Excuse this disorganized post I’m about to write out for you, but this one has to be quick. I realized this blog has unfortunately slipped out from my list of priorities, and though that may appear as lack of dedication, it also hints at the busy schedule I’ve been tending to. I’m a high school student balancing a social life with academics while being HOSA club Vice President, an active member of a handful of clubs, part time party hostess at my local bowling alley, and now I’m a tutor! I’ve recently started helping out a 7th grader with different topics twice a week after school, namely math and science. While she is already an exceptionally bright student, I’m interested in finding out whether or not I can successfully translate and teach my odd learning methods to my new prodigy. 🙂

Although I’ve made grand progress towards a more mature self, I do anticipate some unfortunate news in the next few days. Earlier this school year, I had applied for a full scholarship to study abroad in Morocco or Jordan and learn Arabic through the NSLI-Y program. This week, I did not get an acceptance email, so I can only assume I will receive a rejection on April 1st.

Of course I am bummed that I’m missing out on an amazing opportunity to experience the world for free through government funded language and cultural study, but I’m surprisingly okay. Despite the negative news, I’m elated to say that I have achieved my goal of a 95+ on a processed AP English paper. Thoroughly inspired by my fascination and appreciation of Hamlet and tragedies in general, my essay had a killer title: Prince Hamlet: Shakespeare’s Cathartic Vessel for the Universally Repressed Afflictions. You can read it here.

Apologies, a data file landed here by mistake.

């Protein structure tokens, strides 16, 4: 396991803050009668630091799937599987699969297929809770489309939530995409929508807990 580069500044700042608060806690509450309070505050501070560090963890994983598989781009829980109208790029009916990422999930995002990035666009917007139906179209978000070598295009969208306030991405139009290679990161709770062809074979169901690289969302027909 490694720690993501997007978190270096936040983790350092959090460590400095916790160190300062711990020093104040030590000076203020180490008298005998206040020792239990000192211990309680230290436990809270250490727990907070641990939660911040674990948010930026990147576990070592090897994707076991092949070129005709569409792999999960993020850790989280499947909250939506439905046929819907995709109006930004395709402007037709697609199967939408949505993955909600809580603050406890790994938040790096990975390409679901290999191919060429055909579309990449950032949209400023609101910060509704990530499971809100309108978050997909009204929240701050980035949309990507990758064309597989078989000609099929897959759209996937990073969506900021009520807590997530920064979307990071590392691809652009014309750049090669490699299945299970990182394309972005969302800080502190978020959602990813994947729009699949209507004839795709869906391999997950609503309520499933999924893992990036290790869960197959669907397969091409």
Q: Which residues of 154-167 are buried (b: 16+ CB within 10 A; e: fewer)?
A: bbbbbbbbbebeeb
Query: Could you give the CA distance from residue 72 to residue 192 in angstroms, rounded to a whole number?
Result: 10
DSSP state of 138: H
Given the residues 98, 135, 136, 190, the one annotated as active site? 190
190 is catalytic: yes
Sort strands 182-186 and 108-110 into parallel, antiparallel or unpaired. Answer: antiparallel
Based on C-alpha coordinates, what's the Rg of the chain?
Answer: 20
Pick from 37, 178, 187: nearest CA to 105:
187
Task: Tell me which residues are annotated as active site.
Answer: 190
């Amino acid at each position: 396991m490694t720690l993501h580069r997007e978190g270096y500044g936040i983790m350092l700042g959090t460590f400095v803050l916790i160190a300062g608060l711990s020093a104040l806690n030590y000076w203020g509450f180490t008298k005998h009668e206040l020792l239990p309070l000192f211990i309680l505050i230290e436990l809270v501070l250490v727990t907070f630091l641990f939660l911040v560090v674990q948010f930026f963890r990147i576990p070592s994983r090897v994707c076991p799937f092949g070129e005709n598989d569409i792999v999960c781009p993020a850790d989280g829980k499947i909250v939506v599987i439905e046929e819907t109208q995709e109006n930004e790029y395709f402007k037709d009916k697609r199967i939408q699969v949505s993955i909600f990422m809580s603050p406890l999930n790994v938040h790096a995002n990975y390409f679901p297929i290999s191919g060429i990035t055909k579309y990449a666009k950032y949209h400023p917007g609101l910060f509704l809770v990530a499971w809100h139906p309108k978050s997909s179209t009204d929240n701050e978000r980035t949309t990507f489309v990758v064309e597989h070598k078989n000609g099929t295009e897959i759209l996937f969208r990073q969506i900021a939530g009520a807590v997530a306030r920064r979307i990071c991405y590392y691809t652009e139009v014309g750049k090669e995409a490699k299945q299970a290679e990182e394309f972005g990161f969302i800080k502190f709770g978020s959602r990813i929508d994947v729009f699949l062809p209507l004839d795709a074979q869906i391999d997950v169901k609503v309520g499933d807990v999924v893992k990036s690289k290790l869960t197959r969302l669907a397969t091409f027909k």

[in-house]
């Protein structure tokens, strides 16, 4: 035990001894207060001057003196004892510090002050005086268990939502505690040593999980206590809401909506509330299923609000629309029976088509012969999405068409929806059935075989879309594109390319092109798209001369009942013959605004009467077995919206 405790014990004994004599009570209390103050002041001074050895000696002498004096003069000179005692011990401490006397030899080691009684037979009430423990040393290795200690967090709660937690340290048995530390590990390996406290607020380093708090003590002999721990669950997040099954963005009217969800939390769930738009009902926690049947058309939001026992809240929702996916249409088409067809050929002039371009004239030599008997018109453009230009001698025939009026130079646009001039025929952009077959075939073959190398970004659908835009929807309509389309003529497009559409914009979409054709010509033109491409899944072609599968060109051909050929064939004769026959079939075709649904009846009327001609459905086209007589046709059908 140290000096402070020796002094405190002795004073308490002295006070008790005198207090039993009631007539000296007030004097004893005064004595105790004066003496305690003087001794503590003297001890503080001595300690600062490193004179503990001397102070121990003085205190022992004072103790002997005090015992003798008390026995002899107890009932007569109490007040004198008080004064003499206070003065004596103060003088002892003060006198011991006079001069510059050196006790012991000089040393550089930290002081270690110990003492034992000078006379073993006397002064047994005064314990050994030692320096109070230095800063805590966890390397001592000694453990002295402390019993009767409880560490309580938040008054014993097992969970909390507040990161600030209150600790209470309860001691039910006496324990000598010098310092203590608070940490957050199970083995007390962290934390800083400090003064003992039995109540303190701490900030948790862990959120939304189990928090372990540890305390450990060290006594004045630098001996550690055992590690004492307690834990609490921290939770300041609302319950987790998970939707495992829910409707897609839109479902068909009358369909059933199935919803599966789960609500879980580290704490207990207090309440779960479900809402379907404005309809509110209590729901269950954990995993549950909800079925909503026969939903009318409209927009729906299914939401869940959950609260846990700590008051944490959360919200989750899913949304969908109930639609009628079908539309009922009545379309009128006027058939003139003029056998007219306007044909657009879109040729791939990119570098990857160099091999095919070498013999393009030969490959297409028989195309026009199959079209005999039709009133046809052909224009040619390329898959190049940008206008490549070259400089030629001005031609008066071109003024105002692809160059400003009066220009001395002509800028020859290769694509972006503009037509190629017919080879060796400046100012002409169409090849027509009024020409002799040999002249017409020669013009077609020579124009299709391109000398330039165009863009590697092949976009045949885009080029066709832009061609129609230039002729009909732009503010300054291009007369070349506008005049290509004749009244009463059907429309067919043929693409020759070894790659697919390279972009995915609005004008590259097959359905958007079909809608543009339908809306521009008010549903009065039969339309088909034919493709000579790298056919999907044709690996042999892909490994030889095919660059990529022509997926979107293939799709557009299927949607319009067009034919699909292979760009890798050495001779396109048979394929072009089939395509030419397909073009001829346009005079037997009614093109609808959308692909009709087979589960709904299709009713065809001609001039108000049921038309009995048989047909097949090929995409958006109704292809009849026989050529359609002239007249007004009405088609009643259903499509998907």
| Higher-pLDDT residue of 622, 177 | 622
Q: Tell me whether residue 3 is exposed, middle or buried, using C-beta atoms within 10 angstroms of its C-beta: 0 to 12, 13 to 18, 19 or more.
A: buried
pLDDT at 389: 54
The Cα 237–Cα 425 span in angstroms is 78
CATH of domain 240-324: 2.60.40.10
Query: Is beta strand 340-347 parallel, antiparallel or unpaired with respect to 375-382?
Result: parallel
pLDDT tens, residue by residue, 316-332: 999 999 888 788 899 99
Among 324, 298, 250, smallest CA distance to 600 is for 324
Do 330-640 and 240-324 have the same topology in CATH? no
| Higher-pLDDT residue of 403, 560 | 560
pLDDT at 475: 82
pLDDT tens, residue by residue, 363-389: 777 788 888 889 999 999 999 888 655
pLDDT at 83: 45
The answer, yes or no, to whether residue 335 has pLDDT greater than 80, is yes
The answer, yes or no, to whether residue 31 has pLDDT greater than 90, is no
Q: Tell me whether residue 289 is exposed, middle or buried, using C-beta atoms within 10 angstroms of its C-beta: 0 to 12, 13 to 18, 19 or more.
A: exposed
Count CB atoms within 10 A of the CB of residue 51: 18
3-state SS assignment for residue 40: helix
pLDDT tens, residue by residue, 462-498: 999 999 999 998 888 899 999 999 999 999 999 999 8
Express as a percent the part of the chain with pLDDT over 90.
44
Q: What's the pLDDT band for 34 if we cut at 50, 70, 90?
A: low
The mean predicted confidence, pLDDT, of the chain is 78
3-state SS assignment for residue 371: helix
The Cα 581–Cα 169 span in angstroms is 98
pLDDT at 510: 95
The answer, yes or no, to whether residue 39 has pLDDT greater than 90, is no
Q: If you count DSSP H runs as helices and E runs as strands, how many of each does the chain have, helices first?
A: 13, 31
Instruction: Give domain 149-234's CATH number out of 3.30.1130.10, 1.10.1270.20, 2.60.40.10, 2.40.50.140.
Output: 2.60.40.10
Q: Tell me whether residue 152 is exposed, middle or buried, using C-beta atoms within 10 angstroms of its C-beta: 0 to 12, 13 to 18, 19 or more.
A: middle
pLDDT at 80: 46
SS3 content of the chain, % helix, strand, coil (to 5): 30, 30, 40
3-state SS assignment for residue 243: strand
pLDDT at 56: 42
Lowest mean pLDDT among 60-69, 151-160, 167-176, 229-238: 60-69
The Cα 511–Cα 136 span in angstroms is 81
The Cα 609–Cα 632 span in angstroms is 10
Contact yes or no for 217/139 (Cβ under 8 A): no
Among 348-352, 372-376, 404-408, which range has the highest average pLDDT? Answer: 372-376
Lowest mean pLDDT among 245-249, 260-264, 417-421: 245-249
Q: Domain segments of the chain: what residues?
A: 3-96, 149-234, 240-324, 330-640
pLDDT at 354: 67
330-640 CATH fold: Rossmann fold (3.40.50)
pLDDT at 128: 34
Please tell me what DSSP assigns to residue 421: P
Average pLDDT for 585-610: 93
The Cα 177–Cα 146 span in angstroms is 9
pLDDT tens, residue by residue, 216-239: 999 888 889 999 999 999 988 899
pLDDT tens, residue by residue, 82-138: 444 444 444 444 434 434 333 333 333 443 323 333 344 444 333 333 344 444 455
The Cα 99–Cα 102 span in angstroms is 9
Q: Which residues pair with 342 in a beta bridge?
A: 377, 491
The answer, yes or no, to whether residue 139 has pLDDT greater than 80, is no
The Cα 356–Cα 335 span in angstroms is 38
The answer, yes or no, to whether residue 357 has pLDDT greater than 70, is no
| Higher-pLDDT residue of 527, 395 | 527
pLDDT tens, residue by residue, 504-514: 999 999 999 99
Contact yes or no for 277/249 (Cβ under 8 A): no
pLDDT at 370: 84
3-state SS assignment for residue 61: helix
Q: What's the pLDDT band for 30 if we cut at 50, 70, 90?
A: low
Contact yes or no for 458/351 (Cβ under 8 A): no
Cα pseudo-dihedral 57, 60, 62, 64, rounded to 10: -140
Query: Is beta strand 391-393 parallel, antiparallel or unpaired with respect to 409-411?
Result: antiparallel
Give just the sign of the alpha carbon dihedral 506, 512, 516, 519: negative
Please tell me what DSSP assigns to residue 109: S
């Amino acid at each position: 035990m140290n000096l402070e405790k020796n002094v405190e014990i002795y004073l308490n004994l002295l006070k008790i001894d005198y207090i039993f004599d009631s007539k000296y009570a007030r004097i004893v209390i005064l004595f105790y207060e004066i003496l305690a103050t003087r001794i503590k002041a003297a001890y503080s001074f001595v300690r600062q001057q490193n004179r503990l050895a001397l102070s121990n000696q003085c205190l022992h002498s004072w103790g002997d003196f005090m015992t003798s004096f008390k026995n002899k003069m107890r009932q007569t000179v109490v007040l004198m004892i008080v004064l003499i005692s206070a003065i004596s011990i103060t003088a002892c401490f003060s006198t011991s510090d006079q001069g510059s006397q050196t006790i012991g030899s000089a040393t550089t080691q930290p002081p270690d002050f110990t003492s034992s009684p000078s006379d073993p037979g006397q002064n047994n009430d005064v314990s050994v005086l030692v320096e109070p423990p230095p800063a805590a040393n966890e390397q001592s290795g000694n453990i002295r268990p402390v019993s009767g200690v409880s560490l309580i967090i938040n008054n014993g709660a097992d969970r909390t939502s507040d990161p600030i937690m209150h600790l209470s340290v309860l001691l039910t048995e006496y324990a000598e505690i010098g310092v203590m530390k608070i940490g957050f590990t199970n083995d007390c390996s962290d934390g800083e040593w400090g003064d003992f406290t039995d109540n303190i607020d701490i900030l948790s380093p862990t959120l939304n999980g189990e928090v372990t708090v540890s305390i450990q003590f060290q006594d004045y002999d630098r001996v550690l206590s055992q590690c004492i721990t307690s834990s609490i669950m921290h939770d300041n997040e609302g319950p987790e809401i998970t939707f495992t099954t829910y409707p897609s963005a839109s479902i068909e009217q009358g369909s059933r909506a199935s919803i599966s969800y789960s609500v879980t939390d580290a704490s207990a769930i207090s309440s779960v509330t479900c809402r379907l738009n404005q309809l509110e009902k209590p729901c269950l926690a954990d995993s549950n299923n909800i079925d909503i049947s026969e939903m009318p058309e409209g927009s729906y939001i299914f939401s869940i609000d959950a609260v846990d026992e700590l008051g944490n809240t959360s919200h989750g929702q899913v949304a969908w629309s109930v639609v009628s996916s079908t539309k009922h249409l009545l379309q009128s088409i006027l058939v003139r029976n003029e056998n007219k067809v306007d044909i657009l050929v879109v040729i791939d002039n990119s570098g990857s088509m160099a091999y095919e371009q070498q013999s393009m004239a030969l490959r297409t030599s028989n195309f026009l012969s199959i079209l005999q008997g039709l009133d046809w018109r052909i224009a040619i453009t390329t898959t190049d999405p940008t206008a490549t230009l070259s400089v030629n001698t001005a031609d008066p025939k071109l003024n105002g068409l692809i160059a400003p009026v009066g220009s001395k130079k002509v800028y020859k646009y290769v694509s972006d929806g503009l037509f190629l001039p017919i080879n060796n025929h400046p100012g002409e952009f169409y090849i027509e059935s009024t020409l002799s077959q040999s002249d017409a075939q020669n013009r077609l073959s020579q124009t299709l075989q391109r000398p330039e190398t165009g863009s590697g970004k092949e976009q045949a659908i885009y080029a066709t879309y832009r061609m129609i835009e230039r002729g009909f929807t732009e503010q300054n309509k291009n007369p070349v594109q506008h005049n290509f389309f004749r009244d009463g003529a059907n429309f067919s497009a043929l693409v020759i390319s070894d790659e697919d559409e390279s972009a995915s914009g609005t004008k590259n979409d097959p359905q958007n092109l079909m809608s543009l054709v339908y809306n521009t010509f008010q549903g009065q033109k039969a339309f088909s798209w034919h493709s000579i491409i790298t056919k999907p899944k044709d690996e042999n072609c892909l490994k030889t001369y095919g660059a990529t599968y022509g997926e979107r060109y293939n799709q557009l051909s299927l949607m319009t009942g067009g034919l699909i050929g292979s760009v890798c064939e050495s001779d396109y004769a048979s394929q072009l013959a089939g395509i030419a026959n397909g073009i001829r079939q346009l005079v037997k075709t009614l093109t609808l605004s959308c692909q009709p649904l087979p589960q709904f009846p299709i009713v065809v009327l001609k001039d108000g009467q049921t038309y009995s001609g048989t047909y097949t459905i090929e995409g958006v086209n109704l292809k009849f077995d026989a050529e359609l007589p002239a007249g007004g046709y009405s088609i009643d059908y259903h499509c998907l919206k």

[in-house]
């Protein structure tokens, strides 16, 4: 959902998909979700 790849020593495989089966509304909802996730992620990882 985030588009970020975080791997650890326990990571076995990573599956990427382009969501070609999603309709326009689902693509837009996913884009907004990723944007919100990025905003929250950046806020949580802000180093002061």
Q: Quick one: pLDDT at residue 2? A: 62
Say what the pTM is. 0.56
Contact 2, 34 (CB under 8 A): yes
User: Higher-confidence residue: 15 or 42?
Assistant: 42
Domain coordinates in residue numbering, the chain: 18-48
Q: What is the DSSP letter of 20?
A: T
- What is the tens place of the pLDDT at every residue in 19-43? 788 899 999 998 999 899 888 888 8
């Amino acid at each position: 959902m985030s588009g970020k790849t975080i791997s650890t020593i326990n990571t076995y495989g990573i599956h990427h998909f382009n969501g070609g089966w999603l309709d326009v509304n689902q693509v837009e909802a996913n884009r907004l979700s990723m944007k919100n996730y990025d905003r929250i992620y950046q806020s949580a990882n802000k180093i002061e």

Speaking of tragedies, my lack of plans for this summer seem to be a tragedy indeed… But alas, I know everything will work itself out… hopefully? My back up plan failed before I got rejected from NSLI-Y; I was going to try to earn college credit for multivariable calculus or linear algebra through a community college, but my counselor warned against it, in case it may affect my eligibility for freshmen status scholarships when actually enrolling into a 4-year university. Then I attempted to find options to audit a course… same deal… So now I’m left with the option of self-studying, which I will probably end up doing.

I am immensely intimidated by the amount of motivation required to self-study, since there is no credit/reward, but I look to my initial reason for endeavoring this far into math: to learn. That’s all I really want to do. Learn it. It is with this reasoning that I hope to make significant progress in teaching myself multivariable calculus this summer. (and maybe another language?)

Well that concludes our short catch up session! I really haven’t got much else to say now, so bYe !


ode to music

Exam season is dragging by, and there are only so many remedies to the stress it brings. Recently, my taste in music has been revitalized and revamped, thanks to a few good friends of mine.

It still amazes me how drastically my tastes have evolved throughout my life; from Hannah Montana to One Direction to my emo middle school @$$ and now this electronic/indie/pop/R&B/Jazz conglomeration, I’ve always felt so connected to what I’ve listened to.

Music can help put you into a mood or help pull you out of one. Whether it be an upbeat song to get you ready for the day or a sad song to make the atmosphere sympathize with your emotions, music has the power to play on our heart strings in a way that speaking cannot. Language in itself holds amazing power; as Mark Pagel once said in a Ted Talk on language, it miraculously “allows you to implant a thought from your mind directly into someone else’s mind… without having to perform surgery.” Music takes that one, grand, leaping step forward by adding even more emotion and tone to the message. Continue reading “ode to music”